Former coach of Celtics 1st-round pick Marcus Smart, Travis Ford joins MFB to talk about what Celtics fans should expect from the strong point guard. Among other things, Coach Ford says Smart will be a hard worker, and will improve his shooting ability.
Mike Hazen joined the show to discuss how all the Sox deals came together.
Rob and Alex talk with John Farrell about all the moves the Red Sox made at the deadline, what they gave up and what they gained.
Rob Bradford and Alex Speier are in and talking about all the moves made by the Red Sox at the trade deadline, because the most fun thing about the day is talking about the moves of the day. Red Sox GM Ben Cherington held a press conference talking about the Red Sox moves, and Rob and Alex talk with Red Sox manager John Farrell about the moves made at the deadline.
Rob Bradford is joined by WEEI.com Bruins beat writer DJ Bean, as well as Boston sports fan/blogger Turtleboy to talk all things Bruins free agency. With the B's recent moves, the conversation turns to where the Bruins might next turn and what kind of dent losing Jarome Iginla and Shawn Thornton might make.
DJ discusses Shawn Thornton's new deal, and the on going negotiations with Jerome Iginla
DJ Bean joins the program to dismiss the recent rumors that the Bruins are in discussions to trade Brad Marchand to the Sharks for Patrick Marleau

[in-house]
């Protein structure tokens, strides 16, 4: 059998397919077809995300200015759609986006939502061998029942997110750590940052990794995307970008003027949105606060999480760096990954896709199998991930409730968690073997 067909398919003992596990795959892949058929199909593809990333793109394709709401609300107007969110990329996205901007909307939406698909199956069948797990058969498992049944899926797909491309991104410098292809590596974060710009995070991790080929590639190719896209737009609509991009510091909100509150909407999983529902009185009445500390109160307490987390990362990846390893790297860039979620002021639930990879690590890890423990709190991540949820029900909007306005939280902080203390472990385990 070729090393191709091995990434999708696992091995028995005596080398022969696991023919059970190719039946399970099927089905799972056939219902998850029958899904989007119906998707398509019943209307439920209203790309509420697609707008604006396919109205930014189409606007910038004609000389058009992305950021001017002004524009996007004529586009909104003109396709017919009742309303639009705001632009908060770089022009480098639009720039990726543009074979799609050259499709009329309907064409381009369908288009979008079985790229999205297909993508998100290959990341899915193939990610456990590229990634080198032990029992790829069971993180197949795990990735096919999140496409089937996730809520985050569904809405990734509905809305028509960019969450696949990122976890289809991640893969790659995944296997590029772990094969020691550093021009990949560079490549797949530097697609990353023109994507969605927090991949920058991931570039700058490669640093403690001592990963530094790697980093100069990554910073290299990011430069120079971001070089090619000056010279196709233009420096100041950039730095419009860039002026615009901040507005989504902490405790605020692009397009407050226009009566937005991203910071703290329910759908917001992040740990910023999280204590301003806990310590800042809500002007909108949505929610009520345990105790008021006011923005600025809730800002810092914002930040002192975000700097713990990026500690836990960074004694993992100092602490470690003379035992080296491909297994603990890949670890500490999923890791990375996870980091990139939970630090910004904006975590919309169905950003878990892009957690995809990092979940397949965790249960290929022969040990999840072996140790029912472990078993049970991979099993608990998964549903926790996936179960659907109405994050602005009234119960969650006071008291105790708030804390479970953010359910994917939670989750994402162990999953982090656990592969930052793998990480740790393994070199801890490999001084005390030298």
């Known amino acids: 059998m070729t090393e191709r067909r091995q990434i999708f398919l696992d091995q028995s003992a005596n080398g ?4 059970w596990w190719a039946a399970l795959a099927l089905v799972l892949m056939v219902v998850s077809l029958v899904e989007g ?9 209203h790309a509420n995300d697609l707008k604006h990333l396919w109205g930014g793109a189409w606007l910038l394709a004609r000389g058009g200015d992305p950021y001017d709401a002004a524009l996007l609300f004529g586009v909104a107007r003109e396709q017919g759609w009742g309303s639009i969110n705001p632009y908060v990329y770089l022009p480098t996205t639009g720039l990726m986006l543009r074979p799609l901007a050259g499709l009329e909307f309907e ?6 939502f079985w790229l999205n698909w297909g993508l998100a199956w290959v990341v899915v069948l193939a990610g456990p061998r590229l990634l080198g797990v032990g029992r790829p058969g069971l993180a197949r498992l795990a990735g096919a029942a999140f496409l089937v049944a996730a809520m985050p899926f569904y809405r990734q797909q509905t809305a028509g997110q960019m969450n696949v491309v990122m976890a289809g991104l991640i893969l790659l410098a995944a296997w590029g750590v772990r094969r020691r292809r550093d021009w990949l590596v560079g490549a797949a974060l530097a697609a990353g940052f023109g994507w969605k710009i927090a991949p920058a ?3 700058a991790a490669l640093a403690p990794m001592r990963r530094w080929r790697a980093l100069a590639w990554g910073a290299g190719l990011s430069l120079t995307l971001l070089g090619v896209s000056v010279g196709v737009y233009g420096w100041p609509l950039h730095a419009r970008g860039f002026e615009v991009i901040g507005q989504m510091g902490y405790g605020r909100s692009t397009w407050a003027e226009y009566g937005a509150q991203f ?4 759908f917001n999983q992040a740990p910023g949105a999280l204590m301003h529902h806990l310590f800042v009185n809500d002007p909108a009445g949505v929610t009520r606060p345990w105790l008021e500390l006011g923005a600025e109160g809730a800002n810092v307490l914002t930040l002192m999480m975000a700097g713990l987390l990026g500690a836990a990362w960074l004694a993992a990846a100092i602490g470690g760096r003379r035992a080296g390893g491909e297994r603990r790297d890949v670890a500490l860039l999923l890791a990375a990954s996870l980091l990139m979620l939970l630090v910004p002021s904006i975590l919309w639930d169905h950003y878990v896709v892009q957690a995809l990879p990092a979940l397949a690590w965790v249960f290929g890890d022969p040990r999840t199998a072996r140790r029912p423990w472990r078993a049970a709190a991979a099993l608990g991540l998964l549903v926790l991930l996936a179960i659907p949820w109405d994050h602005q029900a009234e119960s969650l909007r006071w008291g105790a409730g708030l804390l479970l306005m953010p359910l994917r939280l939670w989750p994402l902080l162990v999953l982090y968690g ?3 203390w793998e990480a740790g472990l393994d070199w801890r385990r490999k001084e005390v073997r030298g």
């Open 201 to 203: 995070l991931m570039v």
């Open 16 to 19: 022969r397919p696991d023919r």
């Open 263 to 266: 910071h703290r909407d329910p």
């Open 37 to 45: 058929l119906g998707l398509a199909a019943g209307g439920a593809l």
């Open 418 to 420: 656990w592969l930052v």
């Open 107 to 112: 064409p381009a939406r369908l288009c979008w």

Mike Hazen joined the show to discuss how all the Sox deals came together.
The top stories of the day as recounted by John Dennis.
Chris Russo joined the show and discussed the crazy MLB trade deadline.
8 players were traded away from the Red Sox (starting with Jake Peavy) and the team has a completely different look. MFB look at the acquisitions and fight over whether Cherington and the Sox front office improved the team.
Lou goes through the 5 stages of grief, then John Lackey gets traded to the Cardinals.
Lou, Christian, and Tim react to the news that Jon Lester and Jonny Gomes have been traded to Oakland for Yoenis Cespedes. Lou hates the deal the move, especially because Cespedes is not arbitration eligible.
Biggest trade deadline day in recent memory for the Boston Red Sox... and not in a good way. We discuss it all as the news happens and take your reactions.
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As news looms about a possible Jon Lester trade, we sit down with the skipper of your Sox live from Fenway park.
Mut and Villani are talking about whether the Red Sox will give Jon Lester the type of contract he is looking for, or whether they might be shopping him with rumors of the Red Sox scouting Cole Hamels.
Mut and Villani are talking about the MLB All Star Game, Adam Wainwright and Derek Jeter, and what are some of the worst ideas in sports.
Sam and Zach discuss changing the format of the Podcast, the Chris Archer-David Ortiz debacle, and LeBron James being a super genius
Particularly in a year where the Red Sox have struggled while trying to integrate numerous young players into regular big league roles, accusations that Red Sox prospects are overrated -- whether by the team or writers -- have been widespread. Jim Callis of MLB.com joins the show to take stock of the matter, and to discuss the team-building impact of overrating and underrating prospects.
With the trade deadline looming, the next few days will be defined by how teams value prospects -- and their potential long-term contributions -- against big leaguers with established track records who can address immediate needs. Are prospects being valued accurately? Red Sox left-hander Andrew Miller -- once one of the two key chips that sent Miguel Cabrera from the Marlins to the Tigers -- assesses the matter.